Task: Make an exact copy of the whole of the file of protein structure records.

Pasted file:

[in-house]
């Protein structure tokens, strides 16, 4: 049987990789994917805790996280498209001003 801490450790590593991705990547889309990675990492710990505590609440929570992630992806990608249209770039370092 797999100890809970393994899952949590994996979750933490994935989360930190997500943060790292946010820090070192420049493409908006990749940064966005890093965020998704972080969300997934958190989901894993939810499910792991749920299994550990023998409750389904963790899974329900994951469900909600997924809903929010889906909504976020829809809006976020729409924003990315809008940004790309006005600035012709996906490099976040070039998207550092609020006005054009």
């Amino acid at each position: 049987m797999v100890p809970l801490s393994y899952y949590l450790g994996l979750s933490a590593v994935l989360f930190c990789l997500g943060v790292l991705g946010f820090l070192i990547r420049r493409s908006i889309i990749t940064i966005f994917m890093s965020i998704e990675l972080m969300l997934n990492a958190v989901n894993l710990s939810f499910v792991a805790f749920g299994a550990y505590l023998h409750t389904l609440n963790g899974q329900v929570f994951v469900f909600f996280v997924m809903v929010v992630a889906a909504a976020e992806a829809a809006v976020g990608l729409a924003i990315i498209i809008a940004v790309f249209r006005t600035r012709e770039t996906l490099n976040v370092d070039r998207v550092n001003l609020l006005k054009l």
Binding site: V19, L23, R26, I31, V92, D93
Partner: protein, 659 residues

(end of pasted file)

[in-house]
């Protein structure tokens, strides 16, 4: 049987990789994917805790996280498209001003 801490450790590593991705990547889309990675990492710990505590609440929570992630992806990608249209770039370092 797999100890809970393994899952949590994996979750933490994935989360930190997500943060790292946010820090070192420049493409908006990749940064966005890093965020998704972080969300997934958190989901894993939810499910792991749920299994550990023998409750389904963790899974329900994951469900909600997924809903929010889906909504976020829809809006976020729409924003990315809008940004790309006005600035012709996906490099976040070039998207550092609020006005054009």
């Amino acid at each position: 049987m797999v100890p809970l801490s393994y899952y949590l450790g994996l979750s933490a590593v994935l989360f930190c990789l997500g943060v790292l991705g946010f820090l070192i990547r420049r493409s908006i889309i990749t940064i966005f994917m890093s965020i998704e990675l972080m969300l997934n990492a958190v989901n894993l710990s939810f499910v792991a805790f749920g299994a550990y505590l023998h409750t389904l609440n963790g899974q329900v929570f994951v469900f909600f996280v997924m809903v929010v992630a889906a909504a976020e992806a829809a809006v976020g990608l729409a924003i990315i498209i809008a940004v790309f249209r006005t600035r012709e770039t996906l490099n976040v370092d070039r998207v550092n001003l609020l006005k054009l």
Binding site: V19, L23, R26, I31, V92, D93
Partner: protein, 659 residues